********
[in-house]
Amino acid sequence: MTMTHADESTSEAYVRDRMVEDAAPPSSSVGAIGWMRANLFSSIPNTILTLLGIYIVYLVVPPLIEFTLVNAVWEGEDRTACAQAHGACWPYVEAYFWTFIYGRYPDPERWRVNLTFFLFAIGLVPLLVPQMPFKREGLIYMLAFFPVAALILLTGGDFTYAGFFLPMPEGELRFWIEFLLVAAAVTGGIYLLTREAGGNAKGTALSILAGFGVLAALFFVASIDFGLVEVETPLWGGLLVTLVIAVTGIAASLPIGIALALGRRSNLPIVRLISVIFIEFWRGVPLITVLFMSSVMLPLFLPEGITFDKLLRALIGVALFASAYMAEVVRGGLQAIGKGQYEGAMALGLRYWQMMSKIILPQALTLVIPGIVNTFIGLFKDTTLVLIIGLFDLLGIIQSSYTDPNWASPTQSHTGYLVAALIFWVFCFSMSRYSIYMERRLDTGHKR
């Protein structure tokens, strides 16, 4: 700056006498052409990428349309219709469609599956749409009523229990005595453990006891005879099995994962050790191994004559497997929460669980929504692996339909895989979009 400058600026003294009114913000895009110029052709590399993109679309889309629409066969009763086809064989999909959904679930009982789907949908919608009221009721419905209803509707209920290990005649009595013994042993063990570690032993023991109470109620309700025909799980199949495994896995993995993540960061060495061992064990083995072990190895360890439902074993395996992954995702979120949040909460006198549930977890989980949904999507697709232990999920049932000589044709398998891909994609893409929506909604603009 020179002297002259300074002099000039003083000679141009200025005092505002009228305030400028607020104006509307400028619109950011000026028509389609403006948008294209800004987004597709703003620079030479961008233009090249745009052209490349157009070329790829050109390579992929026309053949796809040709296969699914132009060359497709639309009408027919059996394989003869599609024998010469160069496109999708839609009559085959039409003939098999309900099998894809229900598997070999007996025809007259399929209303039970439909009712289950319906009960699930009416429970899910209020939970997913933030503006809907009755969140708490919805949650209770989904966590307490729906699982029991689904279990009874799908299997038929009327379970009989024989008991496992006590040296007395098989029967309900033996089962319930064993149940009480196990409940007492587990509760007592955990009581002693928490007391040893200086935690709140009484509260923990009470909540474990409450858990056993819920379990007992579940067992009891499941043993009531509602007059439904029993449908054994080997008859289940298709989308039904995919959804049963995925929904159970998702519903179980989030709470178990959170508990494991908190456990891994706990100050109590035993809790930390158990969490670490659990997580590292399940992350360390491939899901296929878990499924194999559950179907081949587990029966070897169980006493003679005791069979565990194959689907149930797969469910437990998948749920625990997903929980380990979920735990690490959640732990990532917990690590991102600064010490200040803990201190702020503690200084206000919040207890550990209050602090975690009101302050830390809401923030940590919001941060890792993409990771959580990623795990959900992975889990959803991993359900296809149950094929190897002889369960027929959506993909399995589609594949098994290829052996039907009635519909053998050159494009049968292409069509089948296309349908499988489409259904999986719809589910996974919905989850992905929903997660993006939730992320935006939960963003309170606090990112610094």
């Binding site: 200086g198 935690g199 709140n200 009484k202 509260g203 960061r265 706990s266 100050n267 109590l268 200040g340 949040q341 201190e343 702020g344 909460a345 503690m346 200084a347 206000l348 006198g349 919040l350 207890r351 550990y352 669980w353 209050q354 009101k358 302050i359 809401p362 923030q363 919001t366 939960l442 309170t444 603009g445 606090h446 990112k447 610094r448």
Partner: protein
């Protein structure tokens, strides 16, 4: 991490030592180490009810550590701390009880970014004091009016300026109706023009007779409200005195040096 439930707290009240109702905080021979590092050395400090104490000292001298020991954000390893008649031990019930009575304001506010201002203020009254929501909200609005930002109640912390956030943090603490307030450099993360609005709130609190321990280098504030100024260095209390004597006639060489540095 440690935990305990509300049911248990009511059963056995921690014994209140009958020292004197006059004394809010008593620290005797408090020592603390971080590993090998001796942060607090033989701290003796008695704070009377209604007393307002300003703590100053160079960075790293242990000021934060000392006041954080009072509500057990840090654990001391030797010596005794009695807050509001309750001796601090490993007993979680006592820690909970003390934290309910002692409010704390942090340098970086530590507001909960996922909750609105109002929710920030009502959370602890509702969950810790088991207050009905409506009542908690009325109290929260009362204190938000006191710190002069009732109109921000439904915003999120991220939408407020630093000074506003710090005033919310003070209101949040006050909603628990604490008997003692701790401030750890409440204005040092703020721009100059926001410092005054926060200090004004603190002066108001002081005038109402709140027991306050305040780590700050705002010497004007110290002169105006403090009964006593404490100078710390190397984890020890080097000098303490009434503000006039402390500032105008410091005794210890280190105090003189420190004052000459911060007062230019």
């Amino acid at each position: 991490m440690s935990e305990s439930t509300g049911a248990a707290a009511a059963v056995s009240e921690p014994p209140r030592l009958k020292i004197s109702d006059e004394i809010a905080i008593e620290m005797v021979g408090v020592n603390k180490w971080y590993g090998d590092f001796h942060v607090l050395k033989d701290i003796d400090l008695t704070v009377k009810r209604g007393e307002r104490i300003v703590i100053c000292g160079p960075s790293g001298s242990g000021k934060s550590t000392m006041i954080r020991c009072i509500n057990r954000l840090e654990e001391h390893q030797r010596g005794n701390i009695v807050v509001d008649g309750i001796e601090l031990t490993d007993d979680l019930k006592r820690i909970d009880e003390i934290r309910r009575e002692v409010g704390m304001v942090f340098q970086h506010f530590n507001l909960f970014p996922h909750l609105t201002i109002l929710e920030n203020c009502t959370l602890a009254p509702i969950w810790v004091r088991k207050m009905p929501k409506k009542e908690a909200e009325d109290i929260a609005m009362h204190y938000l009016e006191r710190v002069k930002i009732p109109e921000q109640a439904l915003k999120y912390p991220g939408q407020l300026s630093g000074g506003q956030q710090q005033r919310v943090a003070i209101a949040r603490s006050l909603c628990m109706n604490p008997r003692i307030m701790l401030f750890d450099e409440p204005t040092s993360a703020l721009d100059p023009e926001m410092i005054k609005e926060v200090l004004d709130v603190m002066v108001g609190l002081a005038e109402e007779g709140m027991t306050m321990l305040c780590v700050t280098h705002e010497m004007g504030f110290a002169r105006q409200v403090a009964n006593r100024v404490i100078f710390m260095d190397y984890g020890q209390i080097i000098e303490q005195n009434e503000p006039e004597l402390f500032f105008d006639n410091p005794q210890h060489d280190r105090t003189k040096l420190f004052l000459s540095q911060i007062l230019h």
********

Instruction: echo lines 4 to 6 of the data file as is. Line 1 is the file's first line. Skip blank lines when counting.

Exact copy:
């Binding site: 200086g198 935690g199 709140n200 009484k202 509260g203 960061r265 706990s266 100050n267 109590l268 200040g340 949040q341 201190e343 702020g344 909460a345 503690m346 200084a347 206000l348 006198g349 919040l350 207890r351 550990y352 669980w353 209050q354 009101k358 302050i359 809401p362 923030q363 919001t366 939960l442 309170t444 603009g445 606090h446 990112k447 610094r448």
Partner: protein
């Protein structure tokens, strides 16, 4: 991490030592180490009810550590701390009880970014004091009016300026109706023009007779409200005195040096 439930707290009240109702905080021979590092050395400090104490000292001298020991954000390893008649031990019930009575304001506010201002203020009254929501909200609005930002109640912390956030943090603490307030450099993360609005709130609190321990280098504030100024260095209390004597006639060489540095 440690935990305990509300049911248990009511059963056995921690014994209140009958020292004197006059004394809010008593620290005797408090020592603390971080590993090998001796942060607090033989701290003796008695704070009377209604007393307002300003703590100053160079960075790293242990000021934060000392006041954080009072509500057990840090654990001391030797010596005794009695807050509001309750001796601090490993007993979680006592820690909970003390934290309910002692409010704390942090340098970086530590507001909960996922909750609105109002929710920030009502959370602890509702969950810790088991207050009905409506009542908690009325109290929260009362204190938000006191710190002069009732109109921000439904915003999120991220939408407020630093000074506003710090005033919310003070209101949040006050909603628990604490008997003692701790401030750890409440204005040092703020721009100059926001410092005054926060200090004004603190002066108001002081005038109402709140027991306050305040780590700050705002010497004007110290002169105006403090009964006593404490100078710390190397984890020890080097000098303490009434503000006039402390500032105008410091005794210890280190105090003189420190004052000459911060007062230019």